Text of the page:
I've researched how to do it, I'd like to know the general procedure of what happens when someone does it.

Simple, straightforward assault scenario. Person A is punched in the nose by person B, there is one witness. Let's say a store clerk at a convenience store. Person A knows Person B, and vice versa. Person A did not instigate or fight back. Person B leaves. Person A goes to the police station and reports the assault.

And then what? An officer takes down the information and...?

First, thatis not"simple assault".
Assault At Common Law (http://legal-dictionary.thefreedictionary.com/Common+Law), an intentional act by one person that creates an apprehension in another of an imminent harmful or offensive contact.
An assault is carried out by a threat of bodily harm coupled with an apparent, present ability to cause the harm. It is both a crime and a tort and, therefore, may result in either criminal or civil liability. Generally, the common law definition is the same in criminal and Tort Law (http://legal-dictionary.thefreedictionary.com/Tort+Law). There is, however, an additional Criminal Law (http://legal-dictionary.thefreedictionary.com/Criminal+Law) category of assault consisting of an attempted but unsuccessful Battery (http://legal-dictionary.thefreedictionary.com/Battery).
http://legal-dictionary.thefreedictionary.com/assault


It is assault and battery

Assault and Battery Two separate offenses against the person that when used in one expression may be defined as any unlawful and unpermitted touching of another. Assault is an act that creates an apprehension in another of an imminent, harmful, or offensive contact. The act consists of a threat of harm accompanied by an apparent, present ability to carry out the threat. Battery (http://legal-dictionary.thefreedictionary.com/Battery) is a harmful or offensive touching of another.
The main distinction between the two offenses is the existence or nonexistence of a touching or contact. While contact is an essential element of battery, there must be an absence of contact for assault. Sometimes assault is defined loosely to include battery.
Assault and battery are offenses in both criminal and Tort Law (http://legal-dictionary.thefreedictionary.com/Tort+Law); therefore, they can give rise to criminal or civil liability. In Criminal Law (http://legal-dictionary.thefreedictionary.com/Criminal+Law), an assault may additionally be defined as any attempt to commit a battery.
At Common Law (http://legal-dictionary.thefreedictionary.com/Common+Law), both offenses were misdemeanors. As of the early 2000s, under virtually all criminal codes, they are either misdemeanors or felonies. They are characterized as felonious when accompanied by a criminal intent, such as an intent to kill, rob, or rape, or when they are committed with a dangerous weapon.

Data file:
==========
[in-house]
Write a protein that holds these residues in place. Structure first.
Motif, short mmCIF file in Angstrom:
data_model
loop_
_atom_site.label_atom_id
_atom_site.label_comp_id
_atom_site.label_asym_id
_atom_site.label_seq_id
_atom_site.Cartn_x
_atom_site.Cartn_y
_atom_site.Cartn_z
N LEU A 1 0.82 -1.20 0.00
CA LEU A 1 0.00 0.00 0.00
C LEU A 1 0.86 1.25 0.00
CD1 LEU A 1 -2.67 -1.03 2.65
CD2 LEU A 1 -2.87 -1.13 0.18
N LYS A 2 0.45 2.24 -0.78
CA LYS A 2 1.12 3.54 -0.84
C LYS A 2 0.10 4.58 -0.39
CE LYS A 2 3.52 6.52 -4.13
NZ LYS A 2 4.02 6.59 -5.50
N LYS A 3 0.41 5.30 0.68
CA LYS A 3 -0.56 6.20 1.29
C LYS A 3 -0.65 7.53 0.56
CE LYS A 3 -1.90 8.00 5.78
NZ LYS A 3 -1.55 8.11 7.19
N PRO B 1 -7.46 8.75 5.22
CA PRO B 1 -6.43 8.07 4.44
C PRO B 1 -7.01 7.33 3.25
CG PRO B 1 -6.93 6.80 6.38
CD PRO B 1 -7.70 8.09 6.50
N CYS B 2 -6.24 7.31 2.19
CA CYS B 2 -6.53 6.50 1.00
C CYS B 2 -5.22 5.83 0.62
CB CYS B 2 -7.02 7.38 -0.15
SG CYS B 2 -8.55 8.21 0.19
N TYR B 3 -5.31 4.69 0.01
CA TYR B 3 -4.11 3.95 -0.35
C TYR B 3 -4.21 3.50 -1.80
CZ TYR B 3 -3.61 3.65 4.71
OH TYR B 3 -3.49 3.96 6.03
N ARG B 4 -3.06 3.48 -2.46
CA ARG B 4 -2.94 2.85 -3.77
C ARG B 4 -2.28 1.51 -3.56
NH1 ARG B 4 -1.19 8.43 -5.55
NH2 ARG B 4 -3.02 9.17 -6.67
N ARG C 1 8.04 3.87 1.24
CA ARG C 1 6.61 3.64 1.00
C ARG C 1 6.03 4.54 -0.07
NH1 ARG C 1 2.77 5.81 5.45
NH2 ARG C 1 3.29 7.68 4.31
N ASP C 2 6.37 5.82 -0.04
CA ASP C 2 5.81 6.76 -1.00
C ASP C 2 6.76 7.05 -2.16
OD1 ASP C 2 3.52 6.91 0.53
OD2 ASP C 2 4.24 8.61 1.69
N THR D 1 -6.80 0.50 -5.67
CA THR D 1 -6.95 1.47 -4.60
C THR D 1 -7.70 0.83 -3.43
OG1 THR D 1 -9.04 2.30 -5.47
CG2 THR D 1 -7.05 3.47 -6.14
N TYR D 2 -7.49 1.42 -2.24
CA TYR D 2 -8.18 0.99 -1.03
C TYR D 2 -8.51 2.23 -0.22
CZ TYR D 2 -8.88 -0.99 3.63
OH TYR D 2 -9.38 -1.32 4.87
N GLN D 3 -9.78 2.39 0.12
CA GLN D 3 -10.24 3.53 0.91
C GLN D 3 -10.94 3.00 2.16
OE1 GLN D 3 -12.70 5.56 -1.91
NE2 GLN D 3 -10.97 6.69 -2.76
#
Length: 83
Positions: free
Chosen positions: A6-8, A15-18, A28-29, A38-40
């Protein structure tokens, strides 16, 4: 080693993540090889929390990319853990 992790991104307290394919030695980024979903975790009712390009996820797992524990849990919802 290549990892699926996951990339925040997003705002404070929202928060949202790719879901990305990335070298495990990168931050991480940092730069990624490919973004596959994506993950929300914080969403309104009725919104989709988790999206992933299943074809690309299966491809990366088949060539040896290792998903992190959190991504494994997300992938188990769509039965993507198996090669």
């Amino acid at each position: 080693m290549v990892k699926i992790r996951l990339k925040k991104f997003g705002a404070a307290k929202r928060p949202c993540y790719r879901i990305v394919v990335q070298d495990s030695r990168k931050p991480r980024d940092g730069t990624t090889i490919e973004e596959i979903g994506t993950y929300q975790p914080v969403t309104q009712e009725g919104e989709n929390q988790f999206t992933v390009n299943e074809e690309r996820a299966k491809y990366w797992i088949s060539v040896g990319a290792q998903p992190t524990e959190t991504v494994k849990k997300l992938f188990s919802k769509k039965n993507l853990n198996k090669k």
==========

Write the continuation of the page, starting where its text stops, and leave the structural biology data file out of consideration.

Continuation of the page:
http://legal-dictionary.thefreedictionary.com/Assault+and+Battery


What would happen after the report would depend on who reported and to whom and where, etc.

Debbie V
01-06-2014, 07:25 PM
I once witnessed two young men hitting an older man over the head with a bicycle and then stealing the bicycle. This was at 5 AM out my apartment window in a suburban community.

We called the police. The young men were gone by the time they arrived. We were asked for descriptions of the assailants, direction of travel, and what actually occurred that night. We were also instructed to go to the local station at the start of business hours to fill out a more complete report and sign it.

Why doesn't your one witness report it? Why doesn't the victim call the police instead of going their? Both of these people are likely to have cell phones and the store has a land line. A phone report seems more likely to me that an in person one.

Does the victim have reason to believe he may be the target of further violence? This will impact the police response.

BrightSera
01-07-2014, 01:41 AM
The character would be unlikely to call when it first happened, and would probably wait almost a day later to report it. I'm unsure at this point I can legitimately write the character doing this, unless I can pull of some character growth beforehand. The character doesn't trust authority figures.